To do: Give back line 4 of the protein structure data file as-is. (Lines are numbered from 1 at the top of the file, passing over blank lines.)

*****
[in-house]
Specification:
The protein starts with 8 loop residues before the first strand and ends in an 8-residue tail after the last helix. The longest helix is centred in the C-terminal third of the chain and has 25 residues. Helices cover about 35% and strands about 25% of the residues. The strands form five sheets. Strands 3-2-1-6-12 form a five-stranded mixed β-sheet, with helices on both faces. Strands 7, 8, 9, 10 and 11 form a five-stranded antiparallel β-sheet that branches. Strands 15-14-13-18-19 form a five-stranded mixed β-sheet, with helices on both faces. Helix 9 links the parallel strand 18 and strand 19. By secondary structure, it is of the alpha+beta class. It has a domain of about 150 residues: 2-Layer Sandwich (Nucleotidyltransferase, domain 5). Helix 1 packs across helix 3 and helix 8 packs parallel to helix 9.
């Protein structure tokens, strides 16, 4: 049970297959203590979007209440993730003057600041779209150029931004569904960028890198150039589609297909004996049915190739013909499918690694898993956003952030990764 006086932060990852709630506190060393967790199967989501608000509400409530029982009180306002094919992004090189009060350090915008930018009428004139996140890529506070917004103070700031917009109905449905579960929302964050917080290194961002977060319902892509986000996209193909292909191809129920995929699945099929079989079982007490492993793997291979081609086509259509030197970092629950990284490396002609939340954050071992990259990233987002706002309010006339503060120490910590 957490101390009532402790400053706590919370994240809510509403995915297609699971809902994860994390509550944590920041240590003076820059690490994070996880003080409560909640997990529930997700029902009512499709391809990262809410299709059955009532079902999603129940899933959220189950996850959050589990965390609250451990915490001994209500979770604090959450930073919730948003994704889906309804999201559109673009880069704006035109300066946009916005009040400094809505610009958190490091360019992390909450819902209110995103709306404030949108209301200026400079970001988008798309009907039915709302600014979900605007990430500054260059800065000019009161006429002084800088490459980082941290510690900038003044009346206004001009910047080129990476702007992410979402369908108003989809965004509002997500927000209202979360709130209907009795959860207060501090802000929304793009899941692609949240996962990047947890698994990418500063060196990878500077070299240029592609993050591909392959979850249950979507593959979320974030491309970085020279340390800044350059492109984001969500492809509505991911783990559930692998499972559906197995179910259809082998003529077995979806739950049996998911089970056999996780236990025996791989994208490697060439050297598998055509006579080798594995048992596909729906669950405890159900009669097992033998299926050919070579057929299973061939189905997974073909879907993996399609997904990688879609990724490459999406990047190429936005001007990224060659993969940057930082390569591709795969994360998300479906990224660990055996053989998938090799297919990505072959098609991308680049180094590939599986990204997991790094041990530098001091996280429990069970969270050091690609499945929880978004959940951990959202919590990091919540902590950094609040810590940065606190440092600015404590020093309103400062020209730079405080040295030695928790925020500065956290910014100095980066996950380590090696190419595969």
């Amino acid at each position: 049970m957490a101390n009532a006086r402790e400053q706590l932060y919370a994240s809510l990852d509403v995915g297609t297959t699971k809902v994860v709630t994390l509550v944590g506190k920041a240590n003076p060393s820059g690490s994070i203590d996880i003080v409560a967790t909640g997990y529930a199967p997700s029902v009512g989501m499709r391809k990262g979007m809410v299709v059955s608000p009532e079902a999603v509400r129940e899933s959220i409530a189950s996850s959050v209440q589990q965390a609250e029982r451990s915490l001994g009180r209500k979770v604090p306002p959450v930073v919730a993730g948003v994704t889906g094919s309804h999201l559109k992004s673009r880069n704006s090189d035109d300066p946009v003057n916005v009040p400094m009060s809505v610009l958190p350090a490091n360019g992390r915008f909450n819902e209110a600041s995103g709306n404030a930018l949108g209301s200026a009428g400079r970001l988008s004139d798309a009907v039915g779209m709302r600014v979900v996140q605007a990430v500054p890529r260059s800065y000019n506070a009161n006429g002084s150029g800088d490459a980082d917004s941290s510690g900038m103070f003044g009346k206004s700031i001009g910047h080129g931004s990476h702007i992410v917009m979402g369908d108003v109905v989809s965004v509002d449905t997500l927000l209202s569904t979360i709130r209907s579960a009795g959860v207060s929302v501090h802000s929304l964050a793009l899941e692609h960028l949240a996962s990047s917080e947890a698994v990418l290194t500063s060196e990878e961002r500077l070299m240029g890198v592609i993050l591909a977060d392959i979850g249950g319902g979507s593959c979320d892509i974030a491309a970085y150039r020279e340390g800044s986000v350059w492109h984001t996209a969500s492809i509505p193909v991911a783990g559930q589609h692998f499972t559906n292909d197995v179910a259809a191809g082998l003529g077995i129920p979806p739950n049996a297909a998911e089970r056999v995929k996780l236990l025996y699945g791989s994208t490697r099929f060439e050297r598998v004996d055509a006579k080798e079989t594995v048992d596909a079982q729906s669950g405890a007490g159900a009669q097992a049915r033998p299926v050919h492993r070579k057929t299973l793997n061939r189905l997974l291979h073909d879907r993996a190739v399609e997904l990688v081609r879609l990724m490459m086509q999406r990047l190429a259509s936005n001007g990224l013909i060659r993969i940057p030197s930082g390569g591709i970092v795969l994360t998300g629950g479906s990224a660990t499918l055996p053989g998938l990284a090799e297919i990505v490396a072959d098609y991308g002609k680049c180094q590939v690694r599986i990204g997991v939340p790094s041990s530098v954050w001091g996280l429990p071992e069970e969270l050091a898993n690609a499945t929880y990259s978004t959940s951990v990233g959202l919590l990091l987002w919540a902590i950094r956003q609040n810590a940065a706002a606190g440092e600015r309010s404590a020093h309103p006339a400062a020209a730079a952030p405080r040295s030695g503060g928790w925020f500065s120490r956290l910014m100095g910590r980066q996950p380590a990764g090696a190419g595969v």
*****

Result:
């Protein structure tokens, strides 16, 4: 049970297959203590979007209440993730003057600041779209150029931004569904960028890198150039589609297909004996049915190739013909499918690694898993956003952030990764 006086932060990852709630506190060393967790199967989501608000509400409530029982009180306002094919992004090189009060350090915008930018009428004139996140890529506070917004103070700031917009109905449905579960929302964050917080290194961002977060319902892509986000996209193909292909191809129920995929699945099929079989079982007490492993793997291979081609086509259509030197970092629950990284490396002609939340954050071992990259990233987002706002309010006339503060120490910590 957490101390009532402790400053706590919370994240809510509403995915297609699971809902994860994390509550944590920041240590003076820059690490994070996880003080409560909640997990529930997700029902009512499709391809990262809410299709059955009532079902999603129940899933959220189950996850959050589990965390609250451990915490001994209500979770604090959450930073919730948003994704889906309804999201559109673009880069704006035109300066946009916005009040400094809505610009958190490091360019992390909450819902209110995103709306404030949108209301200026400079970001988008798309009907039915709302600014979900605007990430500054260059800065000019009161006429002084800088490459980082941290510690900038003044009346206004001009910047080129990476702007992410979402369908108003989809965004509002997500927000209202979360709130209907009795959860207060501090802000929304793009899941692609949240996962990047947890698994990418500063060196990878500077070299240029592609993050591909392959979850249950979507593959979320974030491309970085020279340390800044350059492109984001969500492809509505991911783990559930692998499972559906197995179910259809082998003529077995979806739950049996998911089970056999996780236990025996791989994208490697060439050297598998055509006579080798594995048992596909729906669950405890159900009669097992033998299926050919070579057929299973061939189905997974073909879907993996399609997904990688879609990724490459999406990047190429936005001007990224060659993969940057930082390569591709795969994360998300479906990224660990055996053989998938090799297919990505072959098609991308680049180094590939599986990204997991790094041990530098001091996280429990069970969270050091690609499945929880978004959940951990959202919590990091919540902590950094609040810590940065606190440092600015404590020093309103400062020209730079405080040295030695928790925020500065956290910014100095980066996950380590090696190419595969």